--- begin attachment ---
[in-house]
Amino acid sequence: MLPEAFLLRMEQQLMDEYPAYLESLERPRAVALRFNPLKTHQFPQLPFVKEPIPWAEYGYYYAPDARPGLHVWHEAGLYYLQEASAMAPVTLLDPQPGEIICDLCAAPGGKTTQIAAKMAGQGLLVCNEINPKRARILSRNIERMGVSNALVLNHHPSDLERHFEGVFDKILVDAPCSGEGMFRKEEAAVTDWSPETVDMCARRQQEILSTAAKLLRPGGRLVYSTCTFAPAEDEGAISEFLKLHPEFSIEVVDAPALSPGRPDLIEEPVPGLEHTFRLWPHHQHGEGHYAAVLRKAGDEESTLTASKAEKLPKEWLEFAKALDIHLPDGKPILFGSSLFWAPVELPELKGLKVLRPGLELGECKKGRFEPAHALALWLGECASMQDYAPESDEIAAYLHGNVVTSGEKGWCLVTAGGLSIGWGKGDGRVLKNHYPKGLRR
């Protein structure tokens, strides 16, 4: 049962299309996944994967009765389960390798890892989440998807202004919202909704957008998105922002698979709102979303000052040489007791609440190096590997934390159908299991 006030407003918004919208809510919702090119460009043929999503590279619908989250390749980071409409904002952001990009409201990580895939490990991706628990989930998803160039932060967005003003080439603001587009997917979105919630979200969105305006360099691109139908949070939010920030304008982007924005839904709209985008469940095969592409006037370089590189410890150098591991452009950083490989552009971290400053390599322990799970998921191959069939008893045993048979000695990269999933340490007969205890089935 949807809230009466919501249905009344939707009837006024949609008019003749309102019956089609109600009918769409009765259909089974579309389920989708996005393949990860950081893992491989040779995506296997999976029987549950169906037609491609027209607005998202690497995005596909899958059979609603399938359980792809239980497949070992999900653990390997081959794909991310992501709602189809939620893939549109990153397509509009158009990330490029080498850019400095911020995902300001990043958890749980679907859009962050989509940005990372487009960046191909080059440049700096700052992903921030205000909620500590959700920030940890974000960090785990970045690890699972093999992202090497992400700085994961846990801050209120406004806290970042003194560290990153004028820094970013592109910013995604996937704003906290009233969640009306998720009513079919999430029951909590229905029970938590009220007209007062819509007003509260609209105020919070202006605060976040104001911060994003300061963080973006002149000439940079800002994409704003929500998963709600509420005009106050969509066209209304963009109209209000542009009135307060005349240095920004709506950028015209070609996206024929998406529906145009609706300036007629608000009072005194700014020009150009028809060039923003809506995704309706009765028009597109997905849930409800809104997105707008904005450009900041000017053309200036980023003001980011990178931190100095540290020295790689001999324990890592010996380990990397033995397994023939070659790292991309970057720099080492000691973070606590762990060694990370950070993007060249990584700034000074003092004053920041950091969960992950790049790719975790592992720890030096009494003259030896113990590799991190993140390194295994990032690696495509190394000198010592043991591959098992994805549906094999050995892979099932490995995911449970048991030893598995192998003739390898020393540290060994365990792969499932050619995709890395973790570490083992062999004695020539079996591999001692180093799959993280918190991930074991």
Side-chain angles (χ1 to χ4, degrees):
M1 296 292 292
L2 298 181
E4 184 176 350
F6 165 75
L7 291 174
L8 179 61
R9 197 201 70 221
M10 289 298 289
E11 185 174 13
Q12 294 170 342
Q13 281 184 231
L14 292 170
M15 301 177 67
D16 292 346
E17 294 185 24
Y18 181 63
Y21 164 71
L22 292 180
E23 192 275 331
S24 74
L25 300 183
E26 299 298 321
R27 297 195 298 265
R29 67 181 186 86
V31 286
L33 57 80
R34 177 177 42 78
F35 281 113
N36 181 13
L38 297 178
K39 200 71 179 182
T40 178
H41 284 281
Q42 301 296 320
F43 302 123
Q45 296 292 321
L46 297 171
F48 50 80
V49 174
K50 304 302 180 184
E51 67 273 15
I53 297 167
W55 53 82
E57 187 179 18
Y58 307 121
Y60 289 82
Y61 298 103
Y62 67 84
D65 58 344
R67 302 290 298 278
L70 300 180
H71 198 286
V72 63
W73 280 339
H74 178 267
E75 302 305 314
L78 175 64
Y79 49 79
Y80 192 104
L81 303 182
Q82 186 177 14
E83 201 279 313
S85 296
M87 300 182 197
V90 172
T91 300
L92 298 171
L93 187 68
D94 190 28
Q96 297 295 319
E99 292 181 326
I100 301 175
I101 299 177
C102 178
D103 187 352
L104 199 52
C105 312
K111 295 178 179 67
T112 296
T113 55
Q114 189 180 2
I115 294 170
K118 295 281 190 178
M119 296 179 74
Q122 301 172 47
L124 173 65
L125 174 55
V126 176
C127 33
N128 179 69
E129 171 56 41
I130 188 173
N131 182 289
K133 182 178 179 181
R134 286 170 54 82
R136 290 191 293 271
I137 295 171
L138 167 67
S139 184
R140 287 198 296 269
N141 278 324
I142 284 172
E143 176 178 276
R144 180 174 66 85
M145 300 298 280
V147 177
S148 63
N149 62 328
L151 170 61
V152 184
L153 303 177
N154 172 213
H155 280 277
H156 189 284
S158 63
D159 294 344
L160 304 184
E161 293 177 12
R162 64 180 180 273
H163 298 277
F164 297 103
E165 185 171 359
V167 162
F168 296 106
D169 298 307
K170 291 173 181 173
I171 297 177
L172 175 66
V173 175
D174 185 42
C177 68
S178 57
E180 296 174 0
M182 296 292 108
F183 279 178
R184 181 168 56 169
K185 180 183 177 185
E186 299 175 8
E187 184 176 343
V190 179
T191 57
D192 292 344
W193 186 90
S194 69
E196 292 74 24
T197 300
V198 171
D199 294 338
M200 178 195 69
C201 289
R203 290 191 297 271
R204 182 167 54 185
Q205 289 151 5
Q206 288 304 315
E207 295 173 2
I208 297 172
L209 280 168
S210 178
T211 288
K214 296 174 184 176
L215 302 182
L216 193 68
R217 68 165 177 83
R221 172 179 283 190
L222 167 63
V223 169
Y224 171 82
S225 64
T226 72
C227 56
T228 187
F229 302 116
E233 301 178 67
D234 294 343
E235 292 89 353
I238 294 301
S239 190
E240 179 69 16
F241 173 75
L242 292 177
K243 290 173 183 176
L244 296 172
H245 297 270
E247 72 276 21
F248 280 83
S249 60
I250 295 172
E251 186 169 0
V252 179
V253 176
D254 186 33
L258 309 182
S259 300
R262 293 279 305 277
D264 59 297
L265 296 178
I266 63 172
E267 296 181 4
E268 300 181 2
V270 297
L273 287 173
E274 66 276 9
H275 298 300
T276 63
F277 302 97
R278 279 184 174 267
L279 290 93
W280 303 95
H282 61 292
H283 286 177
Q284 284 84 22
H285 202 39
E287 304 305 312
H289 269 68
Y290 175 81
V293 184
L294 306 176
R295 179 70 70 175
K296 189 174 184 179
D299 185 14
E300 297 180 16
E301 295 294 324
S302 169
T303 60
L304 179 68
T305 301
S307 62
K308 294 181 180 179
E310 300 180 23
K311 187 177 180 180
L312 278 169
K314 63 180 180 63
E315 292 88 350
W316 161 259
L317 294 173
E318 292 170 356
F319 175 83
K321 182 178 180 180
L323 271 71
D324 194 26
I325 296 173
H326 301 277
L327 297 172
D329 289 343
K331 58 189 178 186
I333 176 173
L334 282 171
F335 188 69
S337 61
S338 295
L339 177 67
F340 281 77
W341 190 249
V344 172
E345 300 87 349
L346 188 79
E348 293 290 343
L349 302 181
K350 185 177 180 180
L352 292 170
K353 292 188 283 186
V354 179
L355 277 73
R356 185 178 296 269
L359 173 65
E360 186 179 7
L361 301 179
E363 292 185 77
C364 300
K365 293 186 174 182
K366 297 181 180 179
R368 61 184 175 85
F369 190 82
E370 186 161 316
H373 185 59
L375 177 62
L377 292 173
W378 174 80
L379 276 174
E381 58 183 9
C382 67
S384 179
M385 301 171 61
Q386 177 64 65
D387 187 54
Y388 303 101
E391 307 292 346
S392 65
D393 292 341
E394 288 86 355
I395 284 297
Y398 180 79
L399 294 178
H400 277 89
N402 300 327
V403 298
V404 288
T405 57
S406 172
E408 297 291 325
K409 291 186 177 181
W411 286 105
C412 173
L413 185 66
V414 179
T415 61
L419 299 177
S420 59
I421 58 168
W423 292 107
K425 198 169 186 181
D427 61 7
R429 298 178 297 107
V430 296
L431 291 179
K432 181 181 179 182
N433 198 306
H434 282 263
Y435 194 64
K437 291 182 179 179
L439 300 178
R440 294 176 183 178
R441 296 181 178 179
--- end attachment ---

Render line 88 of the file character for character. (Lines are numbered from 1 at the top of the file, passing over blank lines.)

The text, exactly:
M119 296 179 74